[news=http://img282.imageshack.us/img282/7435/rstar2el.gif]July 12, 2005 - The "brew"-haha over the so-called "hot coffee" modification to Grand Theft Auto: San Andreas continues, with a media watchdog group now issuing a warning to parents about the game -- and developer Rockstar finally commenting on the allegedly unlockable pornographic content.
The National Institute on Media and the Family (NIMF) issued a warning to parents this week, concerned that the "hot coffee" mod was already being mentioned on "popular teen websites." The organization, following a similar statement from California Assemblyman Leland Yee last week, claims that the ESRB failed to rate San Andreas appropriately.
"It should be clear to everyone by now that video games do influence young people," said NIMF founder Dr. David Walsh. "While San Andreas is already full of violent behavior and sexual themes, the pornographic sex scenes push it over the edge. The ratings board has launched an investigation to determine if it was mislead into issuing a 'Mature' rating instead of the 'Adults Only' rating. There may even be legal ramifications since most states have laws restricting the sale of sexually explicit material to those eighteen and older."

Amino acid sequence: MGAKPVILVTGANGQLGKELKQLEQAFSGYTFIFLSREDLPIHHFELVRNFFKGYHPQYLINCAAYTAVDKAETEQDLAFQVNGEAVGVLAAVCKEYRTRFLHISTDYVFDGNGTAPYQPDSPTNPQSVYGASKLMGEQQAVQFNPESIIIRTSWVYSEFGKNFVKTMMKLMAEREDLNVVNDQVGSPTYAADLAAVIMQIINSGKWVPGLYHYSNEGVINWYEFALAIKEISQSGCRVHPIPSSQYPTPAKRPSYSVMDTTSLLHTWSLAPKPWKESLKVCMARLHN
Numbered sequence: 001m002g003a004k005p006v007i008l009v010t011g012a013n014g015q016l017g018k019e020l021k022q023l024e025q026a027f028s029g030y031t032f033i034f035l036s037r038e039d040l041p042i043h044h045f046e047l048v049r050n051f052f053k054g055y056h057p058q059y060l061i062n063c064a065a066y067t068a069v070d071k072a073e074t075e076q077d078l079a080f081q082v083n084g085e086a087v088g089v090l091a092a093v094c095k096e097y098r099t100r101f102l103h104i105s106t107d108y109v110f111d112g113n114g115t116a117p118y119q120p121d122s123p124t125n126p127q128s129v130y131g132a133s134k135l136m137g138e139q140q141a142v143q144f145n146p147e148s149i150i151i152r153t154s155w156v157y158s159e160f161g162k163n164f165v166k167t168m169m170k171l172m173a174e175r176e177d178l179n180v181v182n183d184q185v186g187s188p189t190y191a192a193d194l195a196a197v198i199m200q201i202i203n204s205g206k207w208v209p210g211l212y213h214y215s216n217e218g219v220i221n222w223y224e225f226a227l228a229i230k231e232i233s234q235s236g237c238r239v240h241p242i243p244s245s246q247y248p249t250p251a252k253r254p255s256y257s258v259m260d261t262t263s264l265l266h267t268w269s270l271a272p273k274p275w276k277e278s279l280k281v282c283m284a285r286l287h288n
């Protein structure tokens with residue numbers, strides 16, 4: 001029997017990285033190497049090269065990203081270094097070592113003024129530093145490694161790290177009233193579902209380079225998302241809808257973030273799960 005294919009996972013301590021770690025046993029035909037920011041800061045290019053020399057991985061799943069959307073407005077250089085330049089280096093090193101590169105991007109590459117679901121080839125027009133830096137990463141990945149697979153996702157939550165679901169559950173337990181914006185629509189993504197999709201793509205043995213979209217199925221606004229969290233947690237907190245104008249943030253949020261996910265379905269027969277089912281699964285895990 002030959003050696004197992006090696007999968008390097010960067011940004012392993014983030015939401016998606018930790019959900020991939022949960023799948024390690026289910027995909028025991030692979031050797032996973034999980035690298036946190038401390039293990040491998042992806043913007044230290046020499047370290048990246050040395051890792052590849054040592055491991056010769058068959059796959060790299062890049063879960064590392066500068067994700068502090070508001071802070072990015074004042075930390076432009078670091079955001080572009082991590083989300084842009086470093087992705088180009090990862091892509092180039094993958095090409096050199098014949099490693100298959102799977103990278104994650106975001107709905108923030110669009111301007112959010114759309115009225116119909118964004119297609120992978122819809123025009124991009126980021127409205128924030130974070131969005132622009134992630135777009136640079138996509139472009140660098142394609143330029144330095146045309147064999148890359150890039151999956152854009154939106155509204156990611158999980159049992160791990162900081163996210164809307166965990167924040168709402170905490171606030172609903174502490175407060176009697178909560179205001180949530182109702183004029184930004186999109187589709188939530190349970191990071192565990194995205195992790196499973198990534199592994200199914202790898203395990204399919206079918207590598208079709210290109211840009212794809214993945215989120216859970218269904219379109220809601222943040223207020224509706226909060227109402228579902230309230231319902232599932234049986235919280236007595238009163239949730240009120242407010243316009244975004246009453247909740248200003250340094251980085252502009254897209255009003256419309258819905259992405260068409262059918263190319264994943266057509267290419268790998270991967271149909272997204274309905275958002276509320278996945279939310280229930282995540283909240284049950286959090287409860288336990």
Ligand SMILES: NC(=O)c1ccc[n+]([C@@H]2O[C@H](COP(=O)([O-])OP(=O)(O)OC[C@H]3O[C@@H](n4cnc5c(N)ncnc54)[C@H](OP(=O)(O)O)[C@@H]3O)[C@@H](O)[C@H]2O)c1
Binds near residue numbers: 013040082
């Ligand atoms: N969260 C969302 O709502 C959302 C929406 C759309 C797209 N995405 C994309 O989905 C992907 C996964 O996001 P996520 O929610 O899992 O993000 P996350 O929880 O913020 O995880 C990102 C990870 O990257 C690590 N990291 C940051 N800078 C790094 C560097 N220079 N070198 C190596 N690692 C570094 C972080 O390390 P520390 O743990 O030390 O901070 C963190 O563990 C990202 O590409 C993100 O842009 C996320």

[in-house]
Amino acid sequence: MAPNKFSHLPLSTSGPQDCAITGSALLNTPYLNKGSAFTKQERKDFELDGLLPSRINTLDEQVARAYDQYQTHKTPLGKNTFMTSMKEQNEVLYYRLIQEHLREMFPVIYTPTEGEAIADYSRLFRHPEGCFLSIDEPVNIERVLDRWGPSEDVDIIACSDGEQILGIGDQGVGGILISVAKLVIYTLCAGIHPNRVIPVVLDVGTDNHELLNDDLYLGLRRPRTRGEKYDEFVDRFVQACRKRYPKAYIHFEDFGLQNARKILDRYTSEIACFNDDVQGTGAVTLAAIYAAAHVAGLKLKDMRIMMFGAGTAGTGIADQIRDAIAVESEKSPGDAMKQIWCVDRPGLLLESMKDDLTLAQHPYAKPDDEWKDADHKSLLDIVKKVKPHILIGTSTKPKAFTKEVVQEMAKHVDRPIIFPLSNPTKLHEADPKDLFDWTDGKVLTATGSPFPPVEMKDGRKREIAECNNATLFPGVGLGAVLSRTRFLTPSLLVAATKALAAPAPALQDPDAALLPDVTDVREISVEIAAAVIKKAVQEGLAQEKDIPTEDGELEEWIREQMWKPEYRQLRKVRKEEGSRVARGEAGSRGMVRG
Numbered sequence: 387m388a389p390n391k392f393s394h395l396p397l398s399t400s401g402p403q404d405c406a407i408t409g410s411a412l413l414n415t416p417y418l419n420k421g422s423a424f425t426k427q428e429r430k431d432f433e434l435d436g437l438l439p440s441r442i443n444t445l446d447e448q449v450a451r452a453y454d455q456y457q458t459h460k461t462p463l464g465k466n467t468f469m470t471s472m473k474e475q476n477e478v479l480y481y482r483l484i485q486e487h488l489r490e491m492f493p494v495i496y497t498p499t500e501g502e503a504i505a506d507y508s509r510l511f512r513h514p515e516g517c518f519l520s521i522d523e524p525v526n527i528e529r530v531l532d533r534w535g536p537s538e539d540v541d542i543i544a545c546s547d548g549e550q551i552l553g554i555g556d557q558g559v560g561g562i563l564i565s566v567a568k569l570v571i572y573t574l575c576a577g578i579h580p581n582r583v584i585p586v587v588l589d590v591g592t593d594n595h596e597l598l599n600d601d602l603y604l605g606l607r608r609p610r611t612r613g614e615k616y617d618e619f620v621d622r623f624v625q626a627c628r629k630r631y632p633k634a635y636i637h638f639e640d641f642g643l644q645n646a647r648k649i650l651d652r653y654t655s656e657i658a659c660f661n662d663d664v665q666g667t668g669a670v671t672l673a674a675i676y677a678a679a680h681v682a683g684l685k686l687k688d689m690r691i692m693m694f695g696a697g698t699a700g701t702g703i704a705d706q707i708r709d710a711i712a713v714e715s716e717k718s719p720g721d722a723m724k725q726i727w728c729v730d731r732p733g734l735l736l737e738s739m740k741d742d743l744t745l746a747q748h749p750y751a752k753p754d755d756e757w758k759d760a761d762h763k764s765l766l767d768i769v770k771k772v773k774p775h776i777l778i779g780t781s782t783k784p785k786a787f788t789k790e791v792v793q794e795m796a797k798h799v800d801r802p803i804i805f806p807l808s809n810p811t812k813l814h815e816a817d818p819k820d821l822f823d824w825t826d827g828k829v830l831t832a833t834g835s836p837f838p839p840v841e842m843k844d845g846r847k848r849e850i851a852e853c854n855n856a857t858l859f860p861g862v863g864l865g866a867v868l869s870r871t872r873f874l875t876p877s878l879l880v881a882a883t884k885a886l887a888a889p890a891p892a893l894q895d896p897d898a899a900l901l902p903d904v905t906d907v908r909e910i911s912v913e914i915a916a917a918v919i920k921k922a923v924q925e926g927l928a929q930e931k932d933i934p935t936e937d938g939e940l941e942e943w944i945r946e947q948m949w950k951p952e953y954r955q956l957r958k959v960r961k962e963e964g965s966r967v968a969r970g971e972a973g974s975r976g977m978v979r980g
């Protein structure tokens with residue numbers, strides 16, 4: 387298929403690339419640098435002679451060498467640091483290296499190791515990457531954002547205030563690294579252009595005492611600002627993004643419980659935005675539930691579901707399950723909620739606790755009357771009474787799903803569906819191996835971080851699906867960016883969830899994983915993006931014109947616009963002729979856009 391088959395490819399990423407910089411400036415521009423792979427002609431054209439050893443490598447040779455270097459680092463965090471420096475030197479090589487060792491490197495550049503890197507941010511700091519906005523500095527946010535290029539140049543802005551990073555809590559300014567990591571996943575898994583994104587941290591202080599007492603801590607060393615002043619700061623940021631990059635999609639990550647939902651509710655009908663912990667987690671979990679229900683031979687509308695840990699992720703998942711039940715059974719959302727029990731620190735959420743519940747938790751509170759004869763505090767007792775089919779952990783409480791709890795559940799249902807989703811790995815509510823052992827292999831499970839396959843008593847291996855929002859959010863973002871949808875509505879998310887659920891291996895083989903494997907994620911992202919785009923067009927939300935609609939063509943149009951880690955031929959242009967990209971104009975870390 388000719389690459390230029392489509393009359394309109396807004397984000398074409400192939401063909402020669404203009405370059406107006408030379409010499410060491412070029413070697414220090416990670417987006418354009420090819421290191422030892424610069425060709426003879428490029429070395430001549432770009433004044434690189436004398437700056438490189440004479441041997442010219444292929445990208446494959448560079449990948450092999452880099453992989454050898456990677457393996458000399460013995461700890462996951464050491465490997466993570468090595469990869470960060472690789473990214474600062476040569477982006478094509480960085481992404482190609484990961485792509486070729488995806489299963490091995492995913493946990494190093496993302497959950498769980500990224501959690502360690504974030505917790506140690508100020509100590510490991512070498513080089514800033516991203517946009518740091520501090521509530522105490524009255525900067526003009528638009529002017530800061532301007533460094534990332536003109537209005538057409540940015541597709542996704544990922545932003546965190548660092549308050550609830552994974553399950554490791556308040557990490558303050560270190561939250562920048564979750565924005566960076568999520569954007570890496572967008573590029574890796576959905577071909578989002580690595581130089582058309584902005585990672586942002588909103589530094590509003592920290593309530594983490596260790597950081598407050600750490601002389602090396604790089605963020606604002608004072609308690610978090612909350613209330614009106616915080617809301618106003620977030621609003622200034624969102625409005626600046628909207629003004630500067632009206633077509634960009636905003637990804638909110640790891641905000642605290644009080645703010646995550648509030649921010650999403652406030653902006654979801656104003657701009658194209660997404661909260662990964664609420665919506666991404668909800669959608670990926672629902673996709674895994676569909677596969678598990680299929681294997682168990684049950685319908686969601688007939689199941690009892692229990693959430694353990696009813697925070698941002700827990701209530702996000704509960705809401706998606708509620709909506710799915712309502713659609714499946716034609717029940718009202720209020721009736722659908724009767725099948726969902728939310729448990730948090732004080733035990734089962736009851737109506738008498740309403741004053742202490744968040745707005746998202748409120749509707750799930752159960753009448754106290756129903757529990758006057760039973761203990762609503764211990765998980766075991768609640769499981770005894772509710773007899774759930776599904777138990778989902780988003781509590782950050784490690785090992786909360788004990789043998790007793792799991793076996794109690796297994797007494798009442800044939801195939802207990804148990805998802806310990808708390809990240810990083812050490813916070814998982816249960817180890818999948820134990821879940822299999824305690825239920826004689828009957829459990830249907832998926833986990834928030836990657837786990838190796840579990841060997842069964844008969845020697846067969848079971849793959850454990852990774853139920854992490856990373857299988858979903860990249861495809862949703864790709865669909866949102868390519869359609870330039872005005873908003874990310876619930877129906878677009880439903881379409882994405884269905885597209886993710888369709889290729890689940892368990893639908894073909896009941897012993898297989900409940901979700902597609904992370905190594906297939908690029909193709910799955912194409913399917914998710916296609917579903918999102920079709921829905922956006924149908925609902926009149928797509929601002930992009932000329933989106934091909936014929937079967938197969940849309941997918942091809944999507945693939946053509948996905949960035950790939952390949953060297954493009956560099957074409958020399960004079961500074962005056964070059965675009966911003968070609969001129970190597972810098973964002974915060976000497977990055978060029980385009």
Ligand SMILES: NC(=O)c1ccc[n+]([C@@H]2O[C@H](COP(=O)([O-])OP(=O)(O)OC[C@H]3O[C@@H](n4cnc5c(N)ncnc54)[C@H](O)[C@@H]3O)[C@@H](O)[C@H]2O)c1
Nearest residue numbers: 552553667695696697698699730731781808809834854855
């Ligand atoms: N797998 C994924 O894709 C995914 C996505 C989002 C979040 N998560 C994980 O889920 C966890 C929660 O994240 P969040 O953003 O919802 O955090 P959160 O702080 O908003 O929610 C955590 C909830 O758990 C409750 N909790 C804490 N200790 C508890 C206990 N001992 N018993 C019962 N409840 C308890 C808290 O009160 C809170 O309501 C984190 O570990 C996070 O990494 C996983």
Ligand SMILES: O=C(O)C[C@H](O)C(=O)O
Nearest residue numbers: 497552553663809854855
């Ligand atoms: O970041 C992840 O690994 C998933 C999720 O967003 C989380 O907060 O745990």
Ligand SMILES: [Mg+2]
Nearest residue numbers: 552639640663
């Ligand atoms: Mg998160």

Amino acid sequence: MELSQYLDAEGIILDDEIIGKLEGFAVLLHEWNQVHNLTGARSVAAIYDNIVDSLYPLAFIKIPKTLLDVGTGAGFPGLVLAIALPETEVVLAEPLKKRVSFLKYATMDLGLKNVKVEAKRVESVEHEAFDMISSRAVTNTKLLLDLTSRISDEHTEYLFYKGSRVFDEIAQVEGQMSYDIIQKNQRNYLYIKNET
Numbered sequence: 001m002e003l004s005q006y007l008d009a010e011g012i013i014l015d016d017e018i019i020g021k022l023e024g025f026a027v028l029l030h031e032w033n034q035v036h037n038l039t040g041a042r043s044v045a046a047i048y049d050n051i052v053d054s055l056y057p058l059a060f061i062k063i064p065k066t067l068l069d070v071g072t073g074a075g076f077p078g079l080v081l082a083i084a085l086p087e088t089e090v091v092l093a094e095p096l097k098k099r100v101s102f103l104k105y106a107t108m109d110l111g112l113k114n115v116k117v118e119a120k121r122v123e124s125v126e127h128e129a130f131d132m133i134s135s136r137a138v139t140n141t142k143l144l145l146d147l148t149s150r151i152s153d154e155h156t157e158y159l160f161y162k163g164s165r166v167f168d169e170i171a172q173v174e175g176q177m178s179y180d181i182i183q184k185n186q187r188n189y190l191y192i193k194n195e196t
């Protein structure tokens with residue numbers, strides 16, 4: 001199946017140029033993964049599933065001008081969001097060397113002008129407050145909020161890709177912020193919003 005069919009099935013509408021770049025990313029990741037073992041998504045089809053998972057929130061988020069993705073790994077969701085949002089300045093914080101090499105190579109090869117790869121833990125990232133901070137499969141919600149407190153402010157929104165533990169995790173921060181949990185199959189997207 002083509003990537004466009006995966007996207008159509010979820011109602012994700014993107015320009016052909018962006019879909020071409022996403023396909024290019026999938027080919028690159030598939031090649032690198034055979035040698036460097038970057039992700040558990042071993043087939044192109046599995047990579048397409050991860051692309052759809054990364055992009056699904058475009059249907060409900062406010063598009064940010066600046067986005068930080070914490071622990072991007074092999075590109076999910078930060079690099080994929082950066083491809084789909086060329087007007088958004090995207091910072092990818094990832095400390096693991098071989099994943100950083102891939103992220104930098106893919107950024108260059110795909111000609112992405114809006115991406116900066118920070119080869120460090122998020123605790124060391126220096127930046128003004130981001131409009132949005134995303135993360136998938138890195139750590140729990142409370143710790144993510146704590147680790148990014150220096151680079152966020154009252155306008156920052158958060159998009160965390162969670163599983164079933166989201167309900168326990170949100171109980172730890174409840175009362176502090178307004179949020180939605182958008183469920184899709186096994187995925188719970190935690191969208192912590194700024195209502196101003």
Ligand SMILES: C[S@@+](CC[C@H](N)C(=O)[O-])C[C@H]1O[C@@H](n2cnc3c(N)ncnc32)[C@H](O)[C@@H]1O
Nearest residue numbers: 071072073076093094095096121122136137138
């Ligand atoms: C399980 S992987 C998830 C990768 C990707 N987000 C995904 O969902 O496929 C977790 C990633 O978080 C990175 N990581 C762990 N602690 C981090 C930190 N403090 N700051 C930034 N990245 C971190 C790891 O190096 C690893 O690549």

The Institute, led by Dr. David Walsh, seeks to "help families and educators to maximize the benefits and minimize the harm of mass media on children through research, education and advocacy." The organization is known for its annual "video game report card" on game content.
Patrick Wildenborg, a 36-year-old living in the Netherlands, recently told the Associated Press he was responsible for the "hot coffee" mod, which -- either through simply unlocking content, or altering the game itself -- allows San Andreas players to participate in explicit sexual scenes.
While Wildenbourg claims his mod only reveals what Rockstar had hidden in the game, Rockstar Games is now officially denying that it included the scenes in San Andreas, whether hidden or not.